Lac qui Parle committed three errors.
The MACA line score was 17 runs, eleven hits and no errors. Errorless ball at this early stage of the season puts a smile on fans' faces to be sure.
The Tigers scored in every inning.
Van Batavia missed a shutout in the fifth when the Eagles pushed home their lone run. She wielded a potent bat to complement her pitching work. She pounded two hits in four at-bats and scored two runs.
Steph Hennen was a perfect two-for-two and crossed home plate three times. Tracey Meichsner was busy on the basepaths too, recording two hits in three at-bats and scoring three runs.
Olivia Reimers made noise with her bat, finishing three-for-four.
The LQPV hits were by McKenzie Long, Questa Stensrud and Kaylee Holtz.

Baseball: Tigers 5, LQPV 3
The baseball Tigers entertained fans at home with a 5-3 win. The Tigers outhit Lac qui Parle 9-4.
Pitching was at centerstage with Sam Mattson accomplishing a gem on the hill. Coach Mark Torgerson had to beam as Mattson set down 15 Eagle batters on strikes. Mattson finished with a four-hitter in this WCC-South triumph.
Not only is the 15 (K's) stat significant, Sam had a skein of eleven consecutive outs via strikeout. This began after LQPV got a run pushed across via wild pitch in the first.
Don't get the impression this win was a cakewalk. The visiting Eagles led 3-2 in the top of the fifth. Sam Haas, who wielded a potent bat for the visitor (two triples), raced home from third on a squeeze bunt, gaining LQPV that one-run edge. Colby Siegert was the Eagle who laid down that bunt.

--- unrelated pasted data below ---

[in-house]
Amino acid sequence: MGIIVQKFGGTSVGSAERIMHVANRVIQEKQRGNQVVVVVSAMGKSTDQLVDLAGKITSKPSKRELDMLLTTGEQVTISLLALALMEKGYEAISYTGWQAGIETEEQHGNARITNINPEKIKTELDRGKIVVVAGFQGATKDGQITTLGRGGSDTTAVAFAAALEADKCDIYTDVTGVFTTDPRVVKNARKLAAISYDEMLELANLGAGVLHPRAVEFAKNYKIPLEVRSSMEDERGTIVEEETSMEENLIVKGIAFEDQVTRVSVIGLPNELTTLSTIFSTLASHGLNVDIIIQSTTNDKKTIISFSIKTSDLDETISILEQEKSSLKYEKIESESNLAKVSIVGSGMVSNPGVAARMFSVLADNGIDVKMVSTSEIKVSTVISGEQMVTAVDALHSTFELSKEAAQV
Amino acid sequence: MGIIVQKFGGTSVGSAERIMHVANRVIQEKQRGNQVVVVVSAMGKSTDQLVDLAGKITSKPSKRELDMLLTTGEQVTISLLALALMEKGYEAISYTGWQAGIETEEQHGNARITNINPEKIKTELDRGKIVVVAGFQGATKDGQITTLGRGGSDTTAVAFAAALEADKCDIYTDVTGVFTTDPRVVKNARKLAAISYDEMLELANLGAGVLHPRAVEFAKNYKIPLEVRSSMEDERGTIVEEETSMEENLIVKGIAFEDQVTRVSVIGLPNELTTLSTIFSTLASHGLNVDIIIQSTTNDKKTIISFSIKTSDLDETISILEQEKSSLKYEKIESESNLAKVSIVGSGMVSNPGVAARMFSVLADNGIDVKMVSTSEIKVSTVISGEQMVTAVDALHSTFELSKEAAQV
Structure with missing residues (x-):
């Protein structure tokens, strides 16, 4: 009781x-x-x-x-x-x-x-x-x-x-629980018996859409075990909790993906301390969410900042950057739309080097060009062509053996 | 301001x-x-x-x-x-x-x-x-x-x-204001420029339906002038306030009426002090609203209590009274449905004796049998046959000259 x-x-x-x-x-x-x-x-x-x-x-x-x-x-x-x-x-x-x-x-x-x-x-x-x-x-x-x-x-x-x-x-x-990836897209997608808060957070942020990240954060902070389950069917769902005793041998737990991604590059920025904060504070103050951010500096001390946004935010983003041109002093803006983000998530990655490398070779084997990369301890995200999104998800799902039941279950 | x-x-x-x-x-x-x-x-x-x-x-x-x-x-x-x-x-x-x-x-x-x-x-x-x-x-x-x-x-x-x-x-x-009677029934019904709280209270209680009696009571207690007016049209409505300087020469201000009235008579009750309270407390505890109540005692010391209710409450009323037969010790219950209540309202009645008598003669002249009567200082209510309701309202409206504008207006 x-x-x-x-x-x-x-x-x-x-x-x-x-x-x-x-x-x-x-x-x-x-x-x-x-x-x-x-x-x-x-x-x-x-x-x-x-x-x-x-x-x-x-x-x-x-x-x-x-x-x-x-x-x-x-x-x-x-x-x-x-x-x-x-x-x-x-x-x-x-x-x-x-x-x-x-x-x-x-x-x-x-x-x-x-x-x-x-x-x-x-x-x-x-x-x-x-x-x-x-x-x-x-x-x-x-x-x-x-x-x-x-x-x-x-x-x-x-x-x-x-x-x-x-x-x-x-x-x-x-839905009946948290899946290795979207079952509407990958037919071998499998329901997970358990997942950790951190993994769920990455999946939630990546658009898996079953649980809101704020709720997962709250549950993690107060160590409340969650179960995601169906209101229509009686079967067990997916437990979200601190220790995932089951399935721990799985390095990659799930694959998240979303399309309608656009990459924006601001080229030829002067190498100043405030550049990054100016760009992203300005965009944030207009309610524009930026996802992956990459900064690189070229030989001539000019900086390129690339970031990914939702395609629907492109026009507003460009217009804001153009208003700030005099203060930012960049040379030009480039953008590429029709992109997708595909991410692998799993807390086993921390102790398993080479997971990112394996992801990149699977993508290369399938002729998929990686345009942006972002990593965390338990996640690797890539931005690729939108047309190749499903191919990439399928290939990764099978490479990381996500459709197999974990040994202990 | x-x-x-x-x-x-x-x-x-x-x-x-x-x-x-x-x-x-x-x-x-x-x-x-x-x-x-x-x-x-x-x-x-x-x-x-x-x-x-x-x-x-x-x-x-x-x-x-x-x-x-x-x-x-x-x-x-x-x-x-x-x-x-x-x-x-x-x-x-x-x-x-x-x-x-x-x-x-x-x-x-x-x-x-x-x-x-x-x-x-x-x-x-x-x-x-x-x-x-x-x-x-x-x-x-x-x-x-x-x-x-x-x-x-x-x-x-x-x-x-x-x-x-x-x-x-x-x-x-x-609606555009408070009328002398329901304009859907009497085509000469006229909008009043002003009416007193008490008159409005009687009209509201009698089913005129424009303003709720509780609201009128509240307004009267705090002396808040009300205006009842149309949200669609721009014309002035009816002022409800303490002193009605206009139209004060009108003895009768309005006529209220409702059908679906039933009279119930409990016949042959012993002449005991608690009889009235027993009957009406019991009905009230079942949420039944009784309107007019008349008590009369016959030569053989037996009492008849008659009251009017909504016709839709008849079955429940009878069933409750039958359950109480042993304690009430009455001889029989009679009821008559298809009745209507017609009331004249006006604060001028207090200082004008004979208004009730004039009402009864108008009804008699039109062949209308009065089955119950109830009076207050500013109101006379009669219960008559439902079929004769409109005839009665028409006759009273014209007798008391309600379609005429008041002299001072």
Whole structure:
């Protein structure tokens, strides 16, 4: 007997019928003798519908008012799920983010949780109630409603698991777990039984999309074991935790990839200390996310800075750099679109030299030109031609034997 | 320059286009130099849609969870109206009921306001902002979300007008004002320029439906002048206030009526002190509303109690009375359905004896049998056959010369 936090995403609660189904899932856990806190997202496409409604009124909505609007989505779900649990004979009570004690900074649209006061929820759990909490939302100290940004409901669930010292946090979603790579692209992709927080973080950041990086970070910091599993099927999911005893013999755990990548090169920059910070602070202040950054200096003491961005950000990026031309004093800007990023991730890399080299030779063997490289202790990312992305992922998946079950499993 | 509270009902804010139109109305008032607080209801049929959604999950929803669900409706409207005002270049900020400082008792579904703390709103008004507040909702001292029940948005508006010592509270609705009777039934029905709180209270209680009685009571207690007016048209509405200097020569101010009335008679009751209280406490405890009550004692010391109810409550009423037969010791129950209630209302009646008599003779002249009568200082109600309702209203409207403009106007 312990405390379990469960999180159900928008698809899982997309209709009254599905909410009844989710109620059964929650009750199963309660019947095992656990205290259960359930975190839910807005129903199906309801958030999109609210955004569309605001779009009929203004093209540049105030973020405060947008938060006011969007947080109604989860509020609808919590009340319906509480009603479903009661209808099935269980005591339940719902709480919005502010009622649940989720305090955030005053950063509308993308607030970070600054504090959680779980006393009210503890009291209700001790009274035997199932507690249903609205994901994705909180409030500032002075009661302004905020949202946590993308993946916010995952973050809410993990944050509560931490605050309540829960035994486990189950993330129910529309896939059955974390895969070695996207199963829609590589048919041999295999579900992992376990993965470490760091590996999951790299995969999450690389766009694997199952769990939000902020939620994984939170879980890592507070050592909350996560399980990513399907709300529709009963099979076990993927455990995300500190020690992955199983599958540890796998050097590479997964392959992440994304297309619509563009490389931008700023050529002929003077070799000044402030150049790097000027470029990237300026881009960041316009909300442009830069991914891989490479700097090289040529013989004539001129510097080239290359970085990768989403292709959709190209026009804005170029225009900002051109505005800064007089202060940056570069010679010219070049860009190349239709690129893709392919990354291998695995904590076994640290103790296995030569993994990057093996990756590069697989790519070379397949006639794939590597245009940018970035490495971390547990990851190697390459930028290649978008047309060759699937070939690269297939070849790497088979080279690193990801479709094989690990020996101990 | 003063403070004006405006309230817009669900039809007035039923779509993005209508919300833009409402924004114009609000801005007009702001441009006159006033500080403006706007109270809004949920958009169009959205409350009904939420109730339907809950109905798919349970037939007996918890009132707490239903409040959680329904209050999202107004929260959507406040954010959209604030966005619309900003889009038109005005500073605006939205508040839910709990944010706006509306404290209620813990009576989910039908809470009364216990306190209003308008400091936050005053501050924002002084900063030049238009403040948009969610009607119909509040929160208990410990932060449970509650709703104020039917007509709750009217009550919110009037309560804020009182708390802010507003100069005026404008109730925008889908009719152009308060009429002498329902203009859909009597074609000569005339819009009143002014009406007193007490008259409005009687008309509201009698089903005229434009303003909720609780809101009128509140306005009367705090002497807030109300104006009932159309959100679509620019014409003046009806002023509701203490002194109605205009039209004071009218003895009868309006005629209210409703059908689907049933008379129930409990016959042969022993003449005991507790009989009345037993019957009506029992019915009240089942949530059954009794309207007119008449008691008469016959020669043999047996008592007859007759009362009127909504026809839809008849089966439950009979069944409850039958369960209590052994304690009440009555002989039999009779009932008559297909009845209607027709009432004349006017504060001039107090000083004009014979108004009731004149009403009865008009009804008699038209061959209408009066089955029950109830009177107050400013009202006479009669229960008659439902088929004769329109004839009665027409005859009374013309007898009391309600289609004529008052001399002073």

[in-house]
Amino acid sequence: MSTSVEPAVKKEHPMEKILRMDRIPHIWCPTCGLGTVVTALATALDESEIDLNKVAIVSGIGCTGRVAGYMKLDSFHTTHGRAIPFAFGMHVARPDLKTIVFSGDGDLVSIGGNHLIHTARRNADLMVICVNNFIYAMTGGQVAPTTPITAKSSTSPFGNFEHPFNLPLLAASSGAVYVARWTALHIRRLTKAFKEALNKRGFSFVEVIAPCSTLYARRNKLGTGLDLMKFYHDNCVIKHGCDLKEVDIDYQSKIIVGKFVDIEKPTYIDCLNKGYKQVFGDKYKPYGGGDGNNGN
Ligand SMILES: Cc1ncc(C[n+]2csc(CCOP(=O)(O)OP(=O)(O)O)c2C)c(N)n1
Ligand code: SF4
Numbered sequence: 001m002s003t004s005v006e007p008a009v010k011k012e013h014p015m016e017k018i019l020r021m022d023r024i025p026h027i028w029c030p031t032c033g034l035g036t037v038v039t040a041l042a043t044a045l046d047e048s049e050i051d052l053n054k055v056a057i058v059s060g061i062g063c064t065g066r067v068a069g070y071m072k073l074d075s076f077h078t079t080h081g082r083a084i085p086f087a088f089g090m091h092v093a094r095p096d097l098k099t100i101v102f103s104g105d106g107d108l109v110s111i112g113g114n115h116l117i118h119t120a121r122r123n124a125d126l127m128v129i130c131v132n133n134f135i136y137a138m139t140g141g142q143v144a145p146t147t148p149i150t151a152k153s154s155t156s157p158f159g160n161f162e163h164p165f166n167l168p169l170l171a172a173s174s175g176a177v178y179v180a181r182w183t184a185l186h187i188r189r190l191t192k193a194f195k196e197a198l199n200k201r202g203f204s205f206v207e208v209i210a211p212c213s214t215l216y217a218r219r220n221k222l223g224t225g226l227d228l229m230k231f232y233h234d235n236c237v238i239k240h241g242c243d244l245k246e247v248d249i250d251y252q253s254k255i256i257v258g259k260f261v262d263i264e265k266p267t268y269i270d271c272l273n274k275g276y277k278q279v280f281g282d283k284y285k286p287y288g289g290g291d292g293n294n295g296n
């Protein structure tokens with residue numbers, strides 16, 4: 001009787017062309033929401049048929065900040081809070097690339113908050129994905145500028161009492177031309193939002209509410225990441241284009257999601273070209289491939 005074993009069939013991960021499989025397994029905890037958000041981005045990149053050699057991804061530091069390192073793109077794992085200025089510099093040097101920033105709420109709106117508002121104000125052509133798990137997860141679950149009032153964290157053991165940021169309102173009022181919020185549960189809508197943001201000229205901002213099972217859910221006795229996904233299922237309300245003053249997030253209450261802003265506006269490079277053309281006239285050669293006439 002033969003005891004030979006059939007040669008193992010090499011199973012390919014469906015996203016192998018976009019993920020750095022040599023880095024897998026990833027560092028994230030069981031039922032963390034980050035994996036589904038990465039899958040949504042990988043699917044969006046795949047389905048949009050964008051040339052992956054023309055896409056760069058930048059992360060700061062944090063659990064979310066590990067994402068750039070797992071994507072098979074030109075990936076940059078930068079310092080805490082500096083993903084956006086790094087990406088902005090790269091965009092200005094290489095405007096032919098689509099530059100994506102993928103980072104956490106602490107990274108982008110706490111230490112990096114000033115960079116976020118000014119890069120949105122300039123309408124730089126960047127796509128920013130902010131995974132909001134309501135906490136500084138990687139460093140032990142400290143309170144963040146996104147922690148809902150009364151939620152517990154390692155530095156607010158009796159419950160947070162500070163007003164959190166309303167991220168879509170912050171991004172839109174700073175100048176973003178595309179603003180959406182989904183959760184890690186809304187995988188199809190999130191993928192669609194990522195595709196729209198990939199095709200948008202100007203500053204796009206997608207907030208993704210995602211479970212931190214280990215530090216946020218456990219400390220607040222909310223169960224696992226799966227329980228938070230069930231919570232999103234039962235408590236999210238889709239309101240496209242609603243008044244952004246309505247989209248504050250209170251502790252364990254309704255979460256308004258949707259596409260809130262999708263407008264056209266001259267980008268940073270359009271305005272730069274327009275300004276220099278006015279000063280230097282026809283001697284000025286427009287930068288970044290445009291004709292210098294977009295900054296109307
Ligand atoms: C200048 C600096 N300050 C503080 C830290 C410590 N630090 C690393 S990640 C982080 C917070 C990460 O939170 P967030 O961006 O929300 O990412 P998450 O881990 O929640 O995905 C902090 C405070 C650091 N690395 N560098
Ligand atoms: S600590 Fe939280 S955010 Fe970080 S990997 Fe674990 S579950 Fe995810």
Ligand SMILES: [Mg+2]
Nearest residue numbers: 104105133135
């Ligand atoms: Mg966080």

Morris Area Chokio Alberta scored a run in the bottom of the fifth to tie things up.
The sixth inning proved pivotal, as Mattson bore down to get a goose egg on the scoreboard and MACA rallied for two runs in the bottom. There would be no further scoring.
Jacob Torgerson gave fuel in the sixth rally, singling and then coming around on Bryce Jergenson's double. Tom Holland hit a fly ball deep enough to get a run in via sacrifice.
The MACA offensive highlights included a solo home run off Mac Beyer's bat.
The MACA line score was five runs, nine hits and two errors.
Holland had a two-for-three afternoon with two RBIs at Chizek Field. Chandler Erickson's bat resounded with a double as part of going two-for-three with an RBI.
Jacob Torgerson scored two runs to go with his two-for-three numbers. Tanner Picht had a one-for-four line in the boxscore.
Beyer with his homer and Jergenson with his double rounded out the hitting attack.
Mattson issued just one walk. He gave up four hits and three runs (two earned).
The losing pitcher was Brandon Bornhorst who worked the whole way, fanning five.
Haas had all but one of the LQPV hits. His three-for-four stats were complemented by two runs scored. Nathan Kelm had the other LQPV safety.
- Brian Williams - morris mn minnesota - bwilly73@yahoo.com

Tuesday, April 17, 2012

It's time to focus on MACA spring sports

Sports fans may not talk about it, but I think there's always a bit of a letdown going from winter to spring. The weather just doesn't seem quite ready, on a lot of days, for this move.